A plaintiff has already suffered serious personal injury and endured the financial hardship that accompanied it, not to mention the stress of a daunting court case. Your client should not also have to absorb litigation loan costs, which are clearly the responsibility of the insurance company.
Insurance companies use delaying tactics, not to accumulate more information about the file to build a better case, but to force an injured plaintiff to accept an unrealistically poor offer. (Some defence lawyers have claimed that litigation loans and After-the-Event insurance are tactics that plaintiff counsel use to drag out the case for a higher settlement!) In fact, plaintiff counsel does not recommend litigation loans lightly, and certainly not to buy time to get a better offer. The litigation loan is a last resort, the only way the plaintiff can survive a two- to four-year case, put food on the table, pay rent, and receive necessary medical care and therapy.
Interest rates in the litigation loan industry are competitive, having trended downward over the years. They are significantly lower than the daily compounding rate on a credit card cash advance, on which monthly payments must be made. Payday Loan companies require regular income and charge 390% for a cash advance ($15 per $100 borrowed for a two-week period makes the simple annual interest rate 390% – Payday Loan Act 2018).
Recovery of interest charges on litigation loans varies by province. New Brunswick and Nova Scotia allow interest recovery. In British Columbia, the Court of Appeal in 2014 effectively halted recovery of interest charges. In Ontario and Alberta, the provincial Courts of Appeal have not made definitive rulings. In other provinces and territories there have been no court decisions.
The New Brunswick case Leblanc v. Doucet 2012 NBCA 88 has been accepted by Nova Scotia as the basis for recovering loan interest. In this case, the New Brunswick Court of Appeal interpreted the Rules of Court and Tariff “D” to determine that interest on loans, while not specifically listed, was a reasonable expense, saying that, “without financial assistance from a third party, [the Plaintiff] would not have been able to enforce his rights in the courts. The loans … were therefore essential to allow … access to justice.” The Court of Appeal also referred to the Access to Justice concerns raised by then Chief Justice of Canada, Beverley McLachlin.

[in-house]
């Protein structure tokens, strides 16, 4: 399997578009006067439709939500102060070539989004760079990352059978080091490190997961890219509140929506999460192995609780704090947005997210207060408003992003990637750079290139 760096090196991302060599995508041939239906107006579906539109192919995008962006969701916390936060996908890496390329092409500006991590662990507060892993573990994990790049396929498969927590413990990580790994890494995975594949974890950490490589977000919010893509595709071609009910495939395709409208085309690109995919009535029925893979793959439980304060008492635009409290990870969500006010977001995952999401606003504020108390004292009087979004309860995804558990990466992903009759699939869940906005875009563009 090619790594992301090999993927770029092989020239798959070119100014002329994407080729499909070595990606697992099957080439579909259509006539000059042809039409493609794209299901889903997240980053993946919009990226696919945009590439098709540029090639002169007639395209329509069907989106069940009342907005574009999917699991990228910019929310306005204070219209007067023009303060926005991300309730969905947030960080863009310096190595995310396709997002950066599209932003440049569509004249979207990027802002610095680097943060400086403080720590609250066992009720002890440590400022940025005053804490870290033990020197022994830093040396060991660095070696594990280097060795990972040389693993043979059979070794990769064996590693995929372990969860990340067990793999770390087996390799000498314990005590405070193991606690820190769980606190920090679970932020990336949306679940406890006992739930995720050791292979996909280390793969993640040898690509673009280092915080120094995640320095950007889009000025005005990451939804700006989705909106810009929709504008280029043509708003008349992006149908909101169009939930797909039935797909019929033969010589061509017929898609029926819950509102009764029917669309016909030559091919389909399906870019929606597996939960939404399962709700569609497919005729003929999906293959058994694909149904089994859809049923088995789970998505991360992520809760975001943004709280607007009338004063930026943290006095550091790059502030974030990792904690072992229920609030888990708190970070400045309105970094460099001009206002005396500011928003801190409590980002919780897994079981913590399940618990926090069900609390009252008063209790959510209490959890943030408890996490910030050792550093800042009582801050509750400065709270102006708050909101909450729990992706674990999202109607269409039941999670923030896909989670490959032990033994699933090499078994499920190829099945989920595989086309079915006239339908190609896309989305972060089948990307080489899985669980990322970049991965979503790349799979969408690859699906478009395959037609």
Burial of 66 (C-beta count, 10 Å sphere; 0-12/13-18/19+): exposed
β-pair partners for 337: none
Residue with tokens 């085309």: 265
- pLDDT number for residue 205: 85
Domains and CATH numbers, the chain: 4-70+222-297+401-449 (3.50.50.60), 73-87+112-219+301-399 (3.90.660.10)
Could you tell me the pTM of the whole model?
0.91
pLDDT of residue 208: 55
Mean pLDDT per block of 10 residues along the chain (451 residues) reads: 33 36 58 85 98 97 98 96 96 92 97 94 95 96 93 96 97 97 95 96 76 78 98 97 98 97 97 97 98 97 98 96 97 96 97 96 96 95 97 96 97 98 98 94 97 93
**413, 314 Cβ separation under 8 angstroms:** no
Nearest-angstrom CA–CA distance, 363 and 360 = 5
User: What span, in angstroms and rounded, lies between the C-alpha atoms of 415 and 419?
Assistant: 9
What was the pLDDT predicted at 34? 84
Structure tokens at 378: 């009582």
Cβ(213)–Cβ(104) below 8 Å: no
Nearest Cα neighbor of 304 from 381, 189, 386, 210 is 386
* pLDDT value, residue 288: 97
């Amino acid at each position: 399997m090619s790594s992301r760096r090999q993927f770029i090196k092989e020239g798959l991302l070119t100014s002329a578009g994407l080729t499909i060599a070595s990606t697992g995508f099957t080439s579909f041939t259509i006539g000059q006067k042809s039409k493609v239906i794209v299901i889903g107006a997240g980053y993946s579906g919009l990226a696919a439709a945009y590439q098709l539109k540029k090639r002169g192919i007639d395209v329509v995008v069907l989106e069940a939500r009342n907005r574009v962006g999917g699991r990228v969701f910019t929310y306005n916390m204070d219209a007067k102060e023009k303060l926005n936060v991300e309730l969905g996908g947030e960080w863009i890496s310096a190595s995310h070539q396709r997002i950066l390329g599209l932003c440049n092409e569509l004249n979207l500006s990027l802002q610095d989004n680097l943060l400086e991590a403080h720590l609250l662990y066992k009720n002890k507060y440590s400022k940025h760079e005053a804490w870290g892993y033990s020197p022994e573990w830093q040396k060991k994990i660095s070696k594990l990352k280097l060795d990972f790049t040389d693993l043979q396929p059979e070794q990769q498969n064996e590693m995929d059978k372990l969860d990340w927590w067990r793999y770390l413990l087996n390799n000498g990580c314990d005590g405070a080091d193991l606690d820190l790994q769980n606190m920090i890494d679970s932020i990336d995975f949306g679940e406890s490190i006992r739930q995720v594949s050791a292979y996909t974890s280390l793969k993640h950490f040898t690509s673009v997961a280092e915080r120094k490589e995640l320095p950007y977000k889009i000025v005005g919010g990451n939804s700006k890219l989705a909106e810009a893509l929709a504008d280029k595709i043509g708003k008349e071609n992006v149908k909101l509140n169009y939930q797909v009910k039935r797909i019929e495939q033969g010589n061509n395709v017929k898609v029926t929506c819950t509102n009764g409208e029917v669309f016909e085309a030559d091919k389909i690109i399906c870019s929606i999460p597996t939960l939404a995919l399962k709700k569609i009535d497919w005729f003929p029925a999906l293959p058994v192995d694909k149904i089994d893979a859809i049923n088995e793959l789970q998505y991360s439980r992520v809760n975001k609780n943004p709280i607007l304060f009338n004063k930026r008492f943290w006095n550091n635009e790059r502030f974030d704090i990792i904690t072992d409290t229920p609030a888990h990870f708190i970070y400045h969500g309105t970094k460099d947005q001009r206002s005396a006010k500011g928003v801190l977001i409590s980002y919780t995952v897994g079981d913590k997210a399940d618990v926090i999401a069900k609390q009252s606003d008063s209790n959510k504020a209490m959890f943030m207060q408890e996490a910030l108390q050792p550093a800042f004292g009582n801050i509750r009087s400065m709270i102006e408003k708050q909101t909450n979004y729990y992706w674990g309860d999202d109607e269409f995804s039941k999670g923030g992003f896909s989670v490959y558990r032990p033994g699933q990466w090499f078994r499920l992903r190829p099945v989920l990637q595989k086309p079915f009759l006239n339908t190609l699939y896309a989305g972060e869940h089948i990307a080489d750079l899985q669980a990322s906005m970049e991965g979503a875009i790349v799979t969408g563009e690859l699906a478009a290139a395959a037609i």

BC had allowed interest recovery until Mackenzie v. Rogalsky 2014 BCCA 446. This case was a joint appeal of two MVA personal injury judgements. The Court of Appeal interpreted that Rule 14-1(5) of the Supreme Court Civil Rules did not consider interest charges to be recoverable disbursements, for several reasons.
Ontario has a patchwork of decisions, made case by case. Recently the trend there is against allowing interest charges. Alberta courts also tend to rule against allowing interest charges. Plaintiff counsel must prepare their case carefully here.
If your client has litigation loans, here are a few considerations you could use in building your interest recovery strategy:
- Access to Justice
- Plaintiff’s income – or loss of income – since the injury and during the course of the case
- Plaintiff’s assets
- Plaintiff’s attempts to secure other financing, from personal networks or financial institutions
- Affidavits re Plaintiff’s finances before the injury.
- Plaintiff counsel cannot be, or perceived to be, profiting from the interest charges.
- The interest rate should reasonably reflect the lender’s business risk.
- Analyze and document all mitigating factors that support the interest-recovery argument.
- Records of the time added to the case by defence stalling tactics: unnecessary medical examinations or reports, expert witnesses, extension requests or no-show at proceedings, etc.
- Review Leblanc v. Doucet 2012 NBCA 88.
- Review Rule 14-1(5) of the Supreme Court Civil Rules.
- Present everything during litigation, not afterward.
Transparency is key to establishing the case for remuneration of litigation loan interest on behalf of the lender. This requires a diligent construction of the foundation for such a case, clearly and convincingly articulated in front of a judge. You need a legitimate basis for claims, including lucid notes and a clearly thought-out and viable rationale supporting interest recovery in the settlement.